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Immigrants' Rights Groups Confront Fear And Confusion After Latest 'Sanctuary Cities' Ruling

Gabriel Cristóver Pérez
Immigrants are handed "Know Your Rights" cards at the Mexican Consulate last month. The cards explain how to respond to law enforcement if questioned about immigration status.

Students at a parenting class had trouble focusing the day after a court ruling on Senate Bill 4, Texas' "sanctuary cities" law.

“On that day of class and the next day, people [were] asking, 'What should I do? My child’s a citizen; I’m undocumented,'” said Justin Estep, director of immigration legal services at Catholic Charities, which ran the class. “So there was immediate anxiety as soon as this decision came out.”

The 5th U.S. Circuit Court of Appeals on Monday reversed a temporary block on part of the law that requires jurisdictions to comply with federal requests to detain suspected undocumented immigrants booked into the local jail. Lawyers for the Mexican American Legal Defense and Educational Fund interpreted the ruling to mean detainer requests were voluntary. The Travis County sheriff, however, understood it to mean they were now mandatory.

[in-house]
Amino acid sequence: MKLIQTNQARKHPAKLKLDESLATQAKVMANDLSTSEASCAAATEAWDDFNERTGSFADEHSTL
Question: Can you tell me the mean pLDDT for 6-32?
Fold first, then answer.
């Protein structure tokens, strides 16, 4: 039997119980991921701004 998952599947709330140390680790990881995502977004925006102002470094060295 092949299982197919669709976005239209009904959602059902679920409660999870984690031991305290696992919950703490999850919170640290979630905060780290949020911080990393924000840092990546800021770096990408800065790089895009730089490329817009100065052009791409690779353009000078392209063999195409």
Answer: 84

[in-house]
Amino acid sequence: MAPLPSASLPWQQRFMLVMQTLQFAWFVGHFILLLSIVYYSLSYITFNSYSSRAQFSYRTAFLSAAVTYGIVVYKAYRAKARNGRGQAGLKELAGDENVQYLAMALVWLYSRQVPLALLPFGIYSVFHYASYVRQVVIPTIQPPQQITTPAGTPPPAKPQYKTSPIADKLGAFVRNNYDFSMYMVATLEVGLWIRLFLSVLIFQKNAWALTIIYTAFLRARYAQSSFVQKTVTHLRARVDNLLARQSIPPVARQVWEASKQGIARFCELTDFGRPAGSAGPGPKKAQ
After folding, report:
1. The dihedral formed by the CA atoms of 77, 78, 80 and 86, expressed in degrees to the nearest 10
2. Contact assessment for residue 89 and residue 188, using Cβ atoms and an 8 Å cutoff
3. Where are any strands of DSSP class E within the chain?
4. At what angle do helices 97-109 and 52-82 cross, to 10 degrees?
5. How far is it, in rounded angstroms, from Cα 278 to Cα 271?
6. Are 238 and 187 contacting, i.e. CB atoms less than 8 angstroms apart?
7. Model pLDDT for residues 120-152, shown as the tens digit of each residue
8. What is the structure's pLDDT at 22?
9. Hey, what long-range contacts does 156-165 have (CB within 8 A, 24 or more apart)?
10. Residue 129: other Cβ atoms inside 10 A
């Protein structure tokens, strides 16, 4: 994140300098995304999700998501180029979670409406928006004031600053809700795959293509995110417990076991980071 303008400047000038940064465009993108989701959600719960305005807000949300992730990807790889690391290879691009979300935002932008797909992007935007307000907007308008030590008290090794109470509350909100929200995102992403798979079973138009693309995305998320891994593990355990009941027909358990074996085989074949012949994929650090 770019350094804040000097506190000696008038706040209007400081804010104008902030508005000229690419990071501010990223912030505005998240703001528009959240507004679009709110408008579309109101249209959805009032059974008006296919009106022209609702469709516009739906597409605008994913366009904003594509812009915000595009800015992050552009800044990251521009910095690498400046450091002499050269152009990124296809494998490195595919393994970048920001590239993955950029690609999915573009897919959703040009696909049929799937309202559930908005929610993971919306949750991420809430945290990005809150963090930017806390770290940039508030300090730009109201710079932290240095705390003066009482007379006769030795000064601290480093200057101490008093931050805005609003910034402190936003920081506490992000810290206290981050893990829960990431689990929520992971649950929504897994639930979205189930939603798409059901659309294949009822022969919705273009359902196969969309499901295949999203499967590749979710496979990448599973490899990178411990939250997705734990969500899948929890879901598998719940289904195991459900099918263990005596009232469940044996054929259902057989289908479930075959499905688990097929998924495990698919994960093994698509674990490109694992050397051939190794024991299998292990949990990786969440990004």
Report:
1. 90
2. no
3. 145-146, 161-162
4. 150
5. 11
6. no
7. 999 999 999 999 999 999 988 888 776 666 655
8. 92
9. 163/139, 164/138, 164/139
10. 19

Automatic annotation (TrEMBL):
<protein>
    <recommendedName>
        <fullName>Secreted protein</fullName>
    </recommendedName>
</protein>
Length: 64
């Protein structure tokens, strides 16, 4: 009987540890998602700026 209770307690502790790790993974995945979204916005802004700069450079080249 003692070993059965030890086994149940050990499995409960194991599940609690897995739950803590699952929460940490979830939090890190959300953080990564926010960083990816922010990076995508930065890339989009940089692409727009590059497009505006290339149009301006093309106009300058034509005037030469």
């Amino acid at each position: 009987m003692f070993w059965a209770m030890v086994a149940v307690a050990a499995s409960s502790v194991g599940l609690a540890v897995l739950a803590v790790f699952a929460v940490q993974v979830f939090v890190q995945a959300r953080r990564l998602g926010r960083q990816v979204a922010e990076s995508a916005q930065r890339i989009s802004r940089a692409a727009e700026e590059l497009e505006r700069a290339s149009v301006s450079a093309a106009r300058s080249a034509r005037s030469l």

Sheriff Sally Hernandez updated her policy so that the county will now honor all ICE detainer requests.

Estep said the leader of a local church also called him to say he saw a drop in church attendance after SB 4 was signed into law in May. When the majority of the law was blocked from going into effect last month, churchgoers came back.

“We were just starting to see folks coming back to the church and now we’re afraid they’re not going to be coming back again,” Estep says the church leader told him.

Bob Libal, executive director of the immigrants’ rights group Grassroots Leadership, said the constant fear of being deported can have an effect on peoples’ mental health.

The Austin Police Department has had a verbal policy that officers will ask about a person's immigration status only if it's pertinent to the case – for example, in a case of human trafficking. Monday’s ruling didn't change the department's procedures very much. Officers will now track when and why they ask about immigration status.

Libal said the fear of interacting with anyone who resembles law enforcement can also compromise physical health.

“During the immigration raids here in February," he says, "we saw things like declines in attendance at school, declines in people accepting rides in ambulances."

Oral arguments on the full case against SB 4 will be heard in November.

Audrey McGlinchy is KUT's housing reporter. She focuses on affordable housing solutions, renters’ rights and the battles over zoning. Got a tip? Email her at Follow her on Twitter @AKMcGlinchy.
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